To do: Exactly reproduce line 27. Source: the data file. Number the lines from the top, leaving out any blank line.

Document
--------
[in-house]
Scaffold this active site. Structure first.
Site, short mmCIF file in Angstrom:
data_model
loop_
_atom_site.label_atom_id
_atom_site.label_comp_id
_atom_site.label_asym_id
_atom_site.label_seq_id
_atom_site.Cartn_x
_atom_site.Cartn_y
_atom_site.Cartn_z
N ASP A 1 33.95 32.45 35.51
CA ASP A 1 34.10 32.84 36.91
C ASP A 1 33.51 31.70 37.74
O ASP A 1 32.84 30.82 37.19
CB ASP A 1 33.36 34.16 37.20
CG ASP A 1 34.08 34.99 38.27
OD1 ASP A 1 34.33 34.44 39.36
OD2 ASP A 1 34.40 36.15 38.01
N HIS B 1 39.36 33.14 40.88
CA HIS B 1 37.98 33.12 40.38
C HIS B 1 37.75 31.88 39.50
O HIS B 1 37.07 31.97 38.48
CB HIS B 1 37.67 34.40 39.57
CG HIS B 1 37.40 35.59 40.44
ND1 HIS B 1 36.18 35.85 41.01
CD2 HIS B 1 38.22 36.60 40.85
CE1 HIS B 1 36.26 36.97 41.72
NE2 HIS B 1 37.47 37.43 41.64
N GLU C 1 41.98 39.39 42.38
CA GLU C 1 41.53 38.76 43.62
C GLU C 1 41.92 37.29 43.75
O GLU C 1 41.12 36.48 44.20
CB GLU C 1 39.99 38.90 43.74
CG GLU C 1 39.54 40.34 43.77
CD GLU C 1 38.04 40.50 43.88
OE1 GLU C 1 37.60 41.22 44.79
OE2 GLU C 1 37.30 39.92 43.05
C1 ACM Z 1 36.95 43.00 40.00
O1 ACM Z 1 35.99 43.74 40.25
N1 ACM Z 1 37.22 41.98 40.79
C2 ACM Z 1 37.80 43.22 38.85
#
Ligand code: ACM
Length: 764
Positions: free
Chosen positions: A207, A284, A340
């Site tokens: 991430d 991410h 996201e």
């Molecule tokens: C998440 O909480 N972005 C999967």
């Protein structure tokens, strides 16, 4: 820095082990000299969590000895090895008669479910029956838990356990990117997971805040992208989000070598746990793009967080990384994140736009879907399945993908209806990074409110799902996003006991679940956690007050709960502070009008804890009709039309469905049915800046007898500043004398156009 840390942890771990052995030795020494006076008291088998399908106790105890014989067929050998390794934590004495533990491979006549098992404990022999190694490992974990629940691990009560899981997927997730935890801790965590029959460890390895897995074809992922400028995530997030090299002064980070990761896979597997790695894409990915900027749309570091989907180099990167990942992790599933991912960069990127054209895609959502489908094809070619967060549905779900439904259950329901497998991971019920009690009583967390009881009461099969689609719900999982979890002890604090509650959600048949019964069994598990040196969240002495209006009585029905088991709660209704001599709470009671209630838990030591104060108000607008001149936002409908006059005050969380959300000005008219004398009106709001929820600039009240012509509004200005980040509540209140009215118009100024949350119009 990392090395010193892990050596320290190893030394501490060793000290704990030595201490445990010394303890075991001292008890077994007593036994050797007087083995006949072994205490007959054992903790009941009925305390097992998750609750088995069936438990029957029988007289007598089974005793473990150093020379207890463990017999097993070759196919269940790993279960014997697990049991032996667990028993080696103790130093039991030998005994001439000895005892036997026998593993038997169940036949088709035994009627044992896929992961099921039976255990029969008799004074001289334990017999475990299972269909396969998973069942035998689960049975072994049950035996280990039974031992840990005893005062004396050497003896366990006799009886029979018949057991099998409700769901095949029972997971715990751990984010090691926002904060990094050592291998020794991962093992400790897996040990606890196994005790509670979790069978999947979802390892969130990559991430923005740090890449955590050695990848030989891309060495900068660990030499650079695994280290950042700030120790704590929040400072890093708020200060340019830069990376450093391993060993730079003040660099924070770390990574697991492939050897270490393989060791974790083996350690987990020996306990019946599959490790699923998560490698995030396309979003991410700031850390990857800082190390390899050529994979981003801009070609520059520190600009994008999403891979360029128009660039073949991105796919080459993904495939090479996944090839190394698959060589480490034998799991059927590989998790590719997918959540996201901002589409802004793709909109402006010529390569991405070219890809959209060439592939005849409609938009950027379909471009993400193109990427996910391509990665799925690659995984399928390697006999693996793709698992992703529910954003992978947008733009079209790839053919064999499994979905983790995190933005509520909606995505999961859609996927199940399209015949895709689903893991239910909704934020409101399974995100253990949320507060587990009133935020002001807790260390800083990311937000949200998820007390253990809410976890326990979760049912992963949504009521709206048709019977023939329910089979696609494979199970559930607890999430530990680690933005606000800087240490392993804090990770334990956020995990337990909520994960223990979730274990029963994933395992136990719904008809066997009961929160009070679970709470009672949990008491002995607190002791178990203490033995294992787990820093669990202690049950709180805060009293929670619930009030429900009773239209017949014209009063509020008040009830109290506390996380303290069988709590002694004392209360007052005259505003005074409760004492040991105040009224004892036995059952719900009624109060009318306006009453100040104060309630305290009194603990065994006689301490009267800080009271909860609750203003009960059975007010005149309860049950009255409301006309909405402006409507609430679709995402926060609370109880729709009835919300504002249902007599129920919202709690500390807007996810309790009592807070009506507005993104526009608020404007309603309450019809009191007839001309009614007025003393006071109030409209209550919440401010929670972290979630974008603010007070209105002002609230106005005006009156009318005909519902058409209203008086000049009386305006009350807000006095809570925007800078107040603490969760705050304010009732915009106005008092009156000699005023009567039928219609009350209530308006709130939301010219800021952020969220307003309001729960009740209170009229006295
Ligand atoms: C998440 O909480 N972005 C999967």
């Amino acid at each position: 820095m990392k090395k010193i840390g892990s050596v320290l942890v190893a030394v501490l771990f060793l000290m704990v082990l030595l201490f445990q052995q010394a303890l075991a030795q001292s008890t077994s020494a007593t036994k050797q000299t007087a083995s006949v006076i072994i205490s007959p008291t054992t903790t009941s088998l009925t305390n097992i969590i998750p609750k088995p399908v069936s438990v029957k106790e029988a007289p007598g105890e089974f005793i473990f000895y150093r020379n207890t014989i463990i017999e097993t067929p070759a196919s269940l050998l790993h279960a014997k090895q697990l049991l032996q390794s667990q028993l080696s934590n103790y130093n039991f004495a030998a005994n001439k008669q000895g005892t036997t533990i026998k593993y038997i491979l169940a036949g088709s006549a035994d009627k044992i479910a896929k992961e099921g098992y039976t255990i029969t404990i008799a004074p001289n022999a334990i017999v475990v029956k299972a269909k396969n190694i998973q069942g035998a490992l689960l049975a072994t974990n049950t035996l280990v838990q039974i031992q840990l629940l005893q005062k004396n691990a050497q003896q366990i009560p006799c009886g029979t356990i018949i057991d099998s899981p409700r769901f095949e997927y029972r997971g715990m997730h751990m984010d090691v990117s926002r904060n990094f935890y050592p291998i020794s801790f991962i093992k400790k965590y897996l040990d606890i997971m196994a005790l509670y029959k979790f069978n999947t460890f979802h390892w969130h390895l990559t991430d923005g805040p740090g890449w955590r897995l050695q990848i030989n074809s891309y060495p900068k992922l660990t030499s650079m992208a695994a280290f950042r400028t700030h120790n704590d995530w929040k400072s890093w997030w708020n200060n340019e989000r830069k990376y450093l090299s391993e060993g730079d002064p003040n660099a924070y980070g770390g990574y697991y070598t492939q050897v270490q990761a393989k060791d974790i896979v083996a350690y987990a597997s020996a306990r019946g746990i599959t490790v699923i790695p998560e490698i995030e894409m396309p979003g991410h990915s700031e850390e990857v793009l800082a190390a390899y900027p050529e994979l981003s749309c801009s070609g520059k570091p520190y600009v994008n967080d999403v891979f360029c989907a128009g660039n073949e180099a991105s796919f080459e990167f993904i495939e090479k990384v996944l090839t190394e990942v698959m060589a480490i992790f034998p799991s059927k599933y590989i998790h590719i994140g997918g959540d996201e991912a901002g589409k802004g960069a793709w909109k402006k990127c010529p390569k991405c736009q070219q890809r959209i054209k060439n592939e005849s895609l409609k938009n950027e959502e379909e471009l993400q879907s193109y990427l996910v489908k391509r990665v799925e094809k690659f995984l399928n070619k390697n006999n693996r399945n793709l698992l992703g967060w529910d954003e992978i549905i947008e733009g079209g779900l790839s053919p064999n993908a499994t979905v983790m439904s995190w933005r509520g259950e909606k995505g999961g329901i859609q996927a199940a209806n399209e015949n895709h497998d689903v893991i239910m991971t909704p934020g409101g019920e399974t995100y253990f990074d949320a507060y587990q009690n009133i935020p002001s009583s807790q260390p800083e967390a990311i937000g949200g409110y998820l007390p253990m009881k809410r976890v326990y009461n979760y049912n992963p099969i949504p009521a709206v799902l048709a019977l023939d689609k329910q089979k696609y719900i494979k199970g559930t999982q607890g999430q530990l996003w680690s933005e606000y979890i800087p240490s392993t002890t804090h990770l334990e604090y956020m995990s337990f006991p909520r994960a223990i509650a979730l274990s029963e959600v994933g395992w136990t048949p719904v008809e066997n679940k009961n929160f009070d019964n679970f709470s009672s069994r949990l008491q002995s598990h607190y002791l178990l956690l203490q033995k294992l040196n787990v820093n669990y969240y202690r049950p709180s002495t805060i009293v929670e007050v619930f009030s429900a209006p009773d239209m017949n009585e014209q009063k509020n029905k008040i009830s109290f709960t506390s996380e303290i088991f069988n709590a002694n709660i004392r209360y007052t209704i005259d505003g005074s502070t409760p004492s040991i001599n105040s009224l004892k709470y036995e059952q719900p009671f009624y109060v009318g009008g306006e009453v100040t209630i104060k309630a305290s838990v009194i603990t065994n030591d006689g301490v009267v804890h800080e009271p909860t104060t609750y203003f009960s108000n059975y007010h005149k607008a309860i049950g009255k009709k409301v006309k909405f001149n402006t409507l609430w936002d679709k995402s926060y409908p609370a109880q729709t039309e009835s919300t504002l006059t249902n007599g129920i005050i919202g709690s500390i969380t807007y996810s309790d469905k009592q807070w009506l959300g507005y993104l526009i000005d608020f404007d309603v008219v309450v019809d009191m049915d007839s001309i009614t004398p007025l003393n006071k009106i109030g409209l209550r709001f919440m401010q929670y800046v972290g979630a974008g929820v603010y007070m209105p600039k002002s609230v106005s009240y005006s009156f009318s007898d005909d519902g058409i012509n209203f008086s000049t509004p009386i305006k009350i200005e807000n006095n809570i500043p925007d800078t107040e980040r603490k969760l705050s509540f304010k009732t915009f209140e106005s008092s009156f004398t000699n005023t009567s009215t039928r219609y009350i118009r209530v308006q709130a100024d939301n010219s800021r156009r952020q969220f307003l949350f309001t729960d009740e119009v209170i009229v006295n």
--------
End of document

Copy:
ND1 HIS B 1 36.18 35.85 41.01